Nick Parsons of National Australia Bank believes that though the problems in Cyprus have been resolved, certain systemic risks such as the increased vulnerability of the banking system still linger.
Speaking to CNBC-TV18 about the performance of global markets, he added that the US will continue to outperform till policy tensions ease and stability returns to the emerging markets.
Below is an edited transcript of the analysis on CNBC-TV18
Q: How do you expect the Cyprus situation to pan out? Is the problem completely resolved?
A: I think the Cyprus problem has been resolved to the extent that a bank resolution agreement has been arrived at. Deposit-, bond- and the equity-holders are going to exclusively bear the pain and deposits under 100,000 euro will be protected.
However, there are still some systemic implications for the euro zone as a whole and indeed for the financial system globally because it is now known that the principle of deposit guarantees can be changed instantly. So, deposits and financial institutions are no longer as safe as they were thought to be.
And any future uncertainty in any of the euro zone members or elsewhere in the world, could provoke a run on the banking system much more quickly than in the past.
So, although the problem in Cyprus has been dealt with, there are a lot of systemic concerns that linger. And it is for that reason that the markets are not going to regain the losses made over the last ten days.
Q: How do you expect the merger of the Laiki Bank with higher level deposits being frozen and senior bond and equity holders probably in danger?
A: It is positive that this at least reinforces the notion of a capital structure because in a capital structure bond holders and equity holders are supposed to take losses. So, that principle at least has been respected but it certainly offers no comfort for bond holders.
Although a few analysts have indicated that the merger is of only two banks in Cyprus to all purposes, the fact remains that there were only two banks in Cyprus.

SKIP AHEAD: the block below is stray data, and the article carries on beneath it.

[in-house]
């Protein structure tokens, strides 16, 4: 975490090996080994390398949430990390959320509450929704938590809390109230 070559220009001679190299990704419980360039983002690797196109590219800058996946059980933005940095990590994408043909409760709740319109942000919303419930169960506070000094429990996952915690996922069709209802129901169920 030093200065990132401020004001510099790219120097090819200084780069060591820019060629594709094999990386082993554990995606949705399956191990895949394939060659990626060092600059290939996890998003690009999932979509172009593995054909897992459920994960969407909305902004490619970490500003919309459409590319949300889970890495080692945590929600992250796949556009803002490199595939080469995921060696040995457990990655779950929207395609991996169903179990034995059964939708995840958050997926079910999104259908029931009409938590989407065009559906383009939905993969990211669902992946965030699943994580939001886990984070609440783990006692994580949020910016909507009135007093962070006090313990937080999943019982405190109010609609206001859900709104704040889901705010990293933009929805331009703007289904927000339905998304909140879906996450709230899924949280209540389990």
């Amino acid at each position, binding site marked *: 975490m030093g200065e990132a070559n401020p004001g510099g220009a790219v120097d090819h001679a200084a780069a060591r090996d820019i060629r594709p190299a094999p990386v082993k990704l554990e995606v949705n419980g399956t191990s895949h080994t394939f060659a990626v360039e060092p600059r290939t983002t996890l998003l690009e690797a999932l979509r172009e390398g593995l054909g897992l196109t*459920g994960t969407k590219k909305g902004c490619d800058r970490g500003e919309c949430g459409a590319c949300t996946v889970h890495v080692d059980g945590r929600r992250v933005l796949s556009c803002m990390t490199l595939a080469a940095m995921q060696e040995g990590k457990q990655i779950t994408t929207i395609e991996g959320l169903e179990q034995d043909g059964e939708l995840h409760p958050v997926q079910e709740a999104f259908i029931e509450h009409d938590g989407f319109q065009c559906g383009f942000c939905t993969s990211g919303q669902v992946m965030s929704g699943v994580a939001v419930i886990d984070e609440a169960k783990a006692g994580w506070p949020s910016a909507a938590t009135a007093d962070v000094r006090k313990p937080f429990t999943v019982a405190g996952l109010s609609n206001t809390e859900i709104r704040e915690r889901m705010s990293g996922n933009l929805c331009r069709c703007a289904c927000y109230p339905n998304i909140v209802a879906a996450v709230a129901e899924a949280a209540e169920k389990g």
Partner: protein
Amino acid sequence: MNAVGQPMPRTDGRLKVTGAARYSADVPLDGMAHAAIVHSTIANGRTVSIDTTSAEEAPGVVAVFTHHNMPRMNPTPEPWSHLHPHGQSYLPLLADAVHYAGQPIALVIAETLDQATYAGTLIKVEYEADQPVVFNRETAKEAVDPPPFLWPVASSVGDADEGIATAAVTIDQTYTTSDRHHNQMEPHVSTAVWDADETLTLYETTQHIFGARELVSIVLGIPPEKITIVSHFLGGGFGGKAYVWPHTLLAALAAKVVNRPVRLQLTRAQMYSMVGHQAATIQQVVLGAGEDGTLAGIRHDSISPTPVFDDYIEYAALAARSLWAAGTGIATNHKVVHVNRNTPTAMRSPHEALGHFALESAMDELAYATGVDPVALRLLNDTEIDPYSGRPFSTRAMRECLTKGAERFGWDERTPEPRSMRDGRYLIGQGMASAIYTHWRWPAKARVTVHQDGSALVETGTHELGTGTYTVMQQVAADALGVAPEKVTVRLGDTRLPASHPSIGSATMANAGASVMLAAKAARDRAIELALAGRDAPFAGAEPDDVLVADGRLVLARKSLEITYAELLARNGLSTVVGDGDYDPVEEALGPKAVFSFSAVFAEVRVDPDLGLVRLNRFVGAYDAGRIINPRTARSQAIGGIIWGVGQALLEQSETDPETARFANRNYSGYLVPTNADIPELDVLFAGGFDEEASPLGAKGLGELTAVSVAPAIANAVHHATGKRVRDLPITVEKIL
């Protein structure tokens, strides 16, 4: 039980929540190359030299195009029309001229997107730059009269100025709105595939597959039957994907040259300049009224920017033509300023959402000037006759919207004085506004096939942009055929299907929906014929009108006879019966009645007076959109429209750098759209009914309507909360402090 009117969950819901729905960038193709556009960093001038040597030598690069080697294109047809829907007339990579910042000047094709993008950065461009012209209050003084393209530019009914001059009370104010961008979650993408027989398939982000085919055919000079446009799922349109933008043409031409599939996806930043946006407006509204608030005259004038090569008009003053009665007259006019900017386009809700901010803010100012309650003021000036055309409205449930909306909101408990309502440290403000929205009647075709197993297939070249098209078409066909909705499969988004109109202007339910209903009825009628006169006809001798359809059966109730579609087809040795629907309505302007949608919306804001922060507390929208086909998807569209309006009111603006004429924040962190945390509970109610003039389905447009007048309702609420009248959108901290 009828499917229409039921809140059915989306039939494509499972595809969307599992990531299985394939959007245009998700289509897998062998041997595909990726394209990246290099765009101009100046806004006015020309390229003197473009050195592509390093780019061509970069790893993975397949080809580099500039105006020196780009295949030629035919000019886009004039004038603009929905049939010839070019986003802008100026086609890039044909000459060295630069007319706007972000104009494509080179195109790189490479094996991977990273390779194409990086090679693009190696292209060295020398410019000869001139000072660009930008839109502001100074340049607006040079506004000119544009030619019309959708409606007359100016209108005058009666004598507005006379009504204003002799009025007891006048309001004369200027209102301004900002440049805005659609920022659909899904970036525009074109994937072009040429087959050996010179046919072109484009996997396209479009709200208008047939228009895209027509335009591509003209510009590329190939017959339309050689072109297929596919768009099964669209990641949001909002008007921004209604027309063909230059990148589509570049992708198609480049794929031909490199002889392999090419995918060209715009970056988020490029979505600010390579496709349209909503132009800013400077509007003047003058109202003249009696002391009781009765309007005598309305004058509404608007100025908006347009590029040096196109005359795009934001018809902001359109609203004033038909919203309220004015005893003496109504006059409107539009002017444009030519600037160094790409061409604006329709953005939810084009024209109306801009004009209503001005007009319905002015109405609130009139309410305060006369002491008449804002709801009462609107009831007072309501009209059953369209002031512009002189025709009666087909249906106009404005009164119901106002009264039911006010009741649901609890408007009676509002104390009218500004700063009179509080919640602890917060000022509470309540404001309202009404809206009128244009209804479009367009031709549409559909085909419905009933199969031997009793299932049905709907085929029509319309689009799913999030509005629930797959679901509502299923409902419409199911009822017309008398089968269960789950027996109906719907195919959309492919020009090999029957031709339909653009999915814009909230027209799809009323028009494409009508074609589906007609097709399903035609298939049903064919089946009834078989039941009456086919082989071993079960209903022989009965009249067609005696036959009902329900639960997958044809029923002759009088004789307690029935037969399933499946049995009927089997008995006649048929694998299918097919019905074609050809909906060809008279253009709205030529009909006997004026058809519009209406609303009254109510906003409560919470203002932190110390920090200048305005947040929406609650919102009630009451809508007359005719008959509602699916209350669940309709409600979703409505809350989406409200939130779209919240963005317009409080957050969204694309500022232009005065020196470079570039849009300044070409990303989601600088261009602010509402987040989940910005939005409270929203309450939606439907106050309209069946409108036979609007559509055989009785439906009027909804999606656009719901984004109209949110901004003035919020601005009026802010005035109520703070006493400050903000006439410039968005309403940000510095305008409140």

The situation is not one where there are 10 banks and each has a market-share of 10 percent, though the merger is an enormous amount of concentration. So, it is going to be a big event.
What it will also do is it just puts the burden back on the investor and back on the depositor to be more careful in their choice of financial institution. So, I think there is going to be a flight to safety and liquidity.
But there could also be, at the margin, an exit from the banking system. With interest rates at zero-levels, a hole in the backyard or a safe in the bedroom or a biscuit tin in the kitchen looks as pretty good a place for to save money as compared to a financial institution.
Q: Will there be a risk of contagion and a few bank stocks may fall or a few yields may rise?
A: The likelihood of contagion sows seeds of doubt and that certainly is enough to cap any upward momentum in stocks.
Q: At the moment, appetite for risk seems to have been given a leg up. Do you think there is going to be a return of the January-February tide?
A: The markets, over time, will edge higher, but certainly not to the recent highs. So progress will be substantially more difficult due to the events that occurred over the last ten days.
Q: There has been a distinct differentiation with respect to risk assets in the past eight-ten weeks. Developed-market equities have been preferred, US to be precise, to emerging markets. Will this trend continue?
A: I think the trend will continue in the short-term due to the lack of policy clarity and concerns on the events in Japan. A few of those concerns were most forcefully expressed in South Korea. But until there is a reemergence of stability and easing in policy tensions, the US will continue to outperform in the near-term.